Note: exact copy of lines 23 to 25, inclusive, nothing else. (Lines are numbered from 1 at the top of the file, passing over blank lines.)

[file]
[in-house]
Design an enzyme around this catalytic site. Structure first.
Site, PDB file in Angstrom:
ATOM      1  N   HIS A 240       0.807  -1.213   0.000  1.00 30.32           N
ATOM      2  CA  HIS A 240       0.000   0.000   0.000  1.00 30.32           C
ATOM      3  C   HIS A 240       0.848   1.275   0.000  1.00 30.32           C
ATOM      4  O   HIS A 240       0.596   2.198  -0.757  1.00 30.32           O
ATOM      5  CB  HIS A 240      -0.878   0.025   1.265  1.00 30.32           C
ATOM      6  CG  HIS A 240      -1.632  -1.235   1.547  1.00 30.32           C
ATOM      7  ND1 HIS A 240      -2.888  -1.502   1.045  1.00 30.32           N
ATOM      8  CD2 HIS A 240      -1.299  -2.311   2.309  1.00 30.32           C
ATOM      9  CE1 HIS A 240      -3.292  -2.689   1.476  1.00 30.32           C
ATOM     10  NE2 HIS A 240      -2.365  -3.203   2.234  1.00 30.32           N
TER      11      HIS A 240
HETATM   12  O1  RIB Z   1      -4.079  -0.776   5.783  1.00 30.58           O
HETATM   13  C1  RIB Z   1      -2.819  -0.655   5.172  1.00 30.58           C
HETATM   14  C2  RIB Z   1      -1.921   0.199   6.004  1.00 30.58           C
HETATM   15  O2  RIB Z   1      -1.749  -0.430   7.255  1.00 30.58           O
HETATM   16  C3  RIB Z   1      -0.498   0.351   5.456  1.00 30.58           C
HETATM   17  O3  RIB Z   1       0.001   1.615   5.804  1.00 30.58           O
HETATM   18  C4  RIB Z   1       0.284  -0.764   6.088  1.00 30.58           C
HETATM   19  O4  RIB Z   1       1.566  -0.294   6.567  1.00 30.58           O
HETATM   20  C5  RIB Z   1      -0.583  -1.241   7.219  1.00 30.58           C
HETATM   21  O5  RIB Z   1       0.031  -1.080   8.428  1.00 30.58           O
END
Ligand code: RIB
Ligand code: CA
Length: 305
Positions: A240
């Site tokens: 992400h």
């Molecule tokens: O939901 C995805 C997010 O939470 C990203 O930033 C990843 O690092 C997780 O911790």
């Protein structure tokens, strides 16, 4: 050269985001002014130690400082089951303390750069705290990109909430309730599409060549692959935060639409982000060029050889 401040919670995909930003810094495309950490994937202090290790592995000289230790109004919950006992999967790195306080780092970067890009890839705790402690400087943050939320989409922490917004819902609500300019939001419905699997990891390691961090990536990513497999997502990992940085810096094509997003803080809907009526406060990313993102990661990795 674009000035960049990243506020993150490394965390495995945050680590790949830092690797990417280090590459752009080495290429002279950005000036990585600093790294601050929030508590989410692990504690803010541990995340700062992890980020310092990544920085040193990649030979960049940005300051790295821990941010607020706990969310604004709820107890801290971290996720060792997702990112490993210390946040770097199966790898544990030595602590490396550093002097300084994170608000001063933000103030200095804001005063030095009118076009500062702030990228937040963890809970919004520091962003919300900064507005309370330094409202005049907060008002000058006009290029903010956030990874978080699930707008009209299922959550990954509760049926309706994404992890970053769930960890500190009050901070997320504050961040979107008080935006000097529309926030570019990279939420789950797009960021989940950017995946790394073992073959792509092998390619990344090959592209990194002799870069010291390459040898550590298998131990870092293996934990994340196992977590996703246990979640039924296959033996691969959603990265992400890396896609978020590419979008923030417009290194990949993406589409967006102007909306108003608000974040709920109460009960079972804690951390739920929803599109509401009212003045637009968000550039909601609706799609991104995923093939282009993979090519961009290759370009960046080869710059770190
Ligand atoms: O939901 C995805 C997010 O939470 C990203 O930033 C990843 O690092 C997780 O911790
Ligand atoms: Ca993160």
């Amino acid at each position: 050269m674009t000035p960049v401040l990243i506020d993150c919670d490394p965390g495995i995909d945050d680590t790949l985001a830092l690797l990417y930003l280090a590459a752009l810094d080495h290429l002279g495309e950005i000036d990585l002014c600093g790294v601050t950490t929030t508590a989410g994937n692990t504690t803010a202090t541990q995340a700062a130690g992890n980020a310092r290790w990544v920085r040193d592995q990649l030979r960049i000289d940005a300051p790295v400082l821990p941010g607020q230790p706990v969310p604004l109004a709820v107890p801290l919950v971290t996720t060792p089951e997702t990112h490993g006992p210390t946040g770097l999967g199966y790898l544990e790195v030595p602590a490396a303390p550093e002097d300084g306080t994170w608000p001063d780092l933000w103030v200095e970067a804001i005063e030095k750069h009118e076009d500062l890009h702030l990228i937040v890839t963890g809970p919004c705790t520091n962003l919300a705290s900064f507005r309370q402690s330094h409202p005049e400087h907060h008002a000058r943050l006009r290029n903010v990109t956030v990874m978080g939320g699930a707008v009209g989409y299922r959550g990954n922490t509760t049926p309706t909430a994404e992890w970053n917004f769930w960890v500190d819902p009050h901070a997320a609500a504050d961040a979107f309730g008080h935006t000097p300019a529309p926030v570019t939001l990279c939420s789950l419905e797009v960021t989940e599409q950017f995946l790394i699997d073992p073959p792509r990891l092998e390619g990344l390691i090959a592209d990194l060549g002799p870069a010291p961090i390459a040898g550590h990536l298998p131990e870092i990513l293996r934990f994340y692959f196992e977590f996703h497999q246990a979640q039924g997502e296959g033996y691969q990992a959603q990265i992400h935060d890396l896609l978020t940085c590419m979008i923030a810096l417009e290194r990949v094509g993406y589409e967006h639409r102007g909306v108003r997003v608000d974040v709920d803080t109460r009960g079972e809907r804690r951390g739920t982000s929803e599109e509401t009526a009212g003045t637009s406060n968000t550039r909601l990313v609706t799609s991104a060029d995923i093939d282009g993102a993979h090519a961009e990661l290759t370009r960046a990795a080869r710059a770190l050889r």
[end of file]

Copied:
HETATM   20  C5  RIB Z   1      -0.583  -1.241   7.219  1.00 30.58           C
HETATM   21  O5  RIB Z   1       0.031  -1.080   8.428  1.00 30.58           O
END